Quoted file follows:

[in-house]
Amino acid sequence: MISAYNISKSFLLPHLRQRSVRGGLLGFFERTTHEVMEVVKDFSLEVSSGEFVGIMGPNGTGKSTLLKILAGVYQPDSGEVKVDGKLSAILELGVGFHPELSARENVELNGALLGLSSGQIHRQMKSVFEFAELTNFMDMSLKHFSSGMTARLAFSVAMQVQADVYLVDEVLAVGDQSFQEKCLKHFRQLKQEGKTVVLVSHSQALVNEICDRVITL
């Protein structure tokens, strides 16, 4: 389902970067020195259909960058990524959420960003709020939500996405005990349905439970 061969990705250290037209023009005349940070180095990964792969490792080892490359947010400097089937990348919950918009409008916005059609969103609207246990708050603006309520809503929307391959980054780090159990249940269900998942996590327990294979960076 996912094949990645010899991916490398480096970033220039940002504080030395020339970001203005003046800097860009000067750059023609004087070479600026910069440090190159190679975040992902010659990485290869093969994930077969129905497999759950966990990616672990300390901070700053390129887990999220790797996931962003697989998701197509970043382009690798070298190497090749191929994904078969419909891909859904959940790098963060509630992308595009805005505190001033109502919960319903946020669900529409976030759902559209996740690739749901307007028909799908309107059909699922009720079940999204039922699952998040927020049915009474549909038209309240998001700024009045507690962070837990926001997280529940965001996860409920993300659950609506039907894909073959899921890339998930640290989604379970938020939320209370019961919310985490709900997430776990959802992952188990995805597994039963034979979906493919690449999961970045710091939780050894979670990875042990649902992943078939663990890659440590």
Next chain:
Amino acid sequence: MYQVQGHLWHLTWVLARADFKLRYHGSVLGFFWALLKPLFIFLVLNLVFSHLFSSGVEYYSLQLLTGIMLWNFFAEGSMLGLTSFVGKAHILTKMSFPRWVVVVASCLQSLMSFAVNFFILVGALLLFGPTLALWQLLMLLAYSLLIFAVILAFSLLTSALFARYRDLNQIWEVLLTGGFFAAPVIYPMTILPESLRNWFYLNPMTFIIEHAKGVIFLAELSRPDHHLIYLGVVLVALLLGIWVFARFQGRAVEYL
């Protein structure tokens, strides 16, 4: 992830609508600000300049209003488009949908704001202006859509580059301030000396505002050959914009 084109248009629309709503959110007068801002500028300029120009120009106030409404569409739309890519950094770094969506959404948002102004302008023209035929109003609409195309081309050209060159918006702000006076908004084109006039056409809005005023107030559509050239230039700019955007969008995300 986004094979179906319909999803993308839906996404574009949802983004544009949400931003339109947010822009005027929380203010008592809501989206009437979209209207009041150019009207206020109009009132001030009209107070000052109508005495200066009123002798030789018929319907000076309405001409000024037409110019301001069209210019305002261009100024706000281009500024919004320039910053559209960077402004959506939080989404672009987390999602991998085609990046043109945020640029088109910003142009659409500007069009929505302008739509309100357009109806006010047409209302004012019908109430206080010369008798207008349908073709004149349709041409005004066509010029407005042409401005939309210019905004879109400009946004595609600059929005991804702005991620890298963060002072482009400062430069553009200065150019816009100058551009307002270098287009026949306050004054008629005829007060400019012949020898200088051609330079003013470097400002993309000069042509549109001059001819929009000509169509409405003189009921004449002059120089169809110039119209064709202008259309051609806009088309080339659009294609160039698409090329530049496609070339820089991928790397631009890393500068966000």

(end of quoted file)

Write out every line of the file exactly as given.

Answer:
[in-house]
Amino acid sequence: MISAYNISKSFLLPHLRQRSVRGGLLGFFERTTHEVMEVVKDFSLEVSSGEFVGIMGPNGTGKSTLLKILAGVYQPDSGEVKVDGKLSAILELGVGFHPELSARENVELNGALLGLSSGQIHRQMKSVFEFAELTNFMDMSLKHFSSGMTARLAFSVAMQVQADVYLVDEVLAVGDQSFQEKCLKHFRQLKQEGKTVVLVSHSQALVNEICDRVITL
């Protein structure tokens, strides 16, 4: 389902970067020195259909960058990524959420960003709020939500996405005990349905439970 061969990705250290037209023009005349940070180095990964792969490792080892490359947010400097089937990348919950918009409008916005059609969103609207246990708050603006309520809503929307391959980054780090159990249940269900998942996590327990294979960076 996912094949990645010899991916490398480096970033220039940002504080030395020339970001203005003046800097860009000067750059023609004087070479600026910069440090190159190679975040992902010659990485290869093969994930077969129905497999759950966990990616672990300390901070700053390129887990999220790797996931962003697989998701197509970043382009690798070298190497090749191929994904078969419909891909859904959940790098963060509630992308595009805005505190001033109502919960319903946020669900529409976030759902559209996740690739749901307007028909799908309107059909699922009720079940999204039922699952998040927020049915009474549909038209309240998001700024009045507690962070837990926001997280529940965001996860409920993300659950609506039907894909073959899921890339998930640290989604379970938020939320209370019961919310985490709900997430776990959802992952188990995805597994039963034979979906493919690449999961970045710091939780050894979670990875042990649902992943078939663990890659440590």
Next chain:
Amino acid sequence: MYQVQGHLWHLTWVLARADFKLRYHGSVLGFFWALLKPLFIFLVLNLVFSHLFSSGVEYYSLQLLTGIMLWNFFAEGSMLGLTSFVGKAHILTKMSFPRWVVVVASCLQSLMSFAVNFFILVGALLLFGPTLALWQLLMLLAYSLLIFAVILAFSLLTSALFARYRDLNQIWEVLLTGGFFAAPVIYPMTILPESLRNWFYLNPMTFIIEHAKGVIFLAELSRPDHHLIYLGVVLVALLLGIWVFARFQGRAVEYL
């Protein structure tokens, strides 16, 4: 992830609508600000300049209003488009949908704001202006859509580059301030000396505002050959914009 084109248009629309709503959110007068801002500028300029120009120009106030409404569409739309890519950094770094969506959404948002102004302008023209035929109003609409195309081309050209060159918006702000006076908004084109006039056409809005005023107030559509050239230039700019955007969008995300 986004094979179906319909999803993308839906996404574009949802983004544009949400931003339109947010822009005027929380203010008592809501989206009437979209209207009041150019009207206020109009009132001030009209107070000052109508005495200066009123002798030789018929319907000076309405001409000024037409110019301001069209210019305002261009100024706000281009500024919004320039910053559209960077402004959506939080989404672009987390999602991998085609990046043109945020640029088109910003142009659409500007069009929505302008739509309100357009109806006010047409209302004012019908109430206080010369008798207008349908073709004149349709041409005004066509010029407005042409401005939309210019905004879109400009946004595609600059929005991804702005991620890298963060002072482009400062430069553009200065150019816009100058551009307002270098287009026949306050004054008629005829007060400019012949020898200088051609330079003013470097400002993309000069042509549109001059001819929009000509169509409405003189009921004449002059120089169809110039119209064709202008259309051609806009088309080339659009294609160039698409090329530049496609070339820089991928790397631009890393500068966000």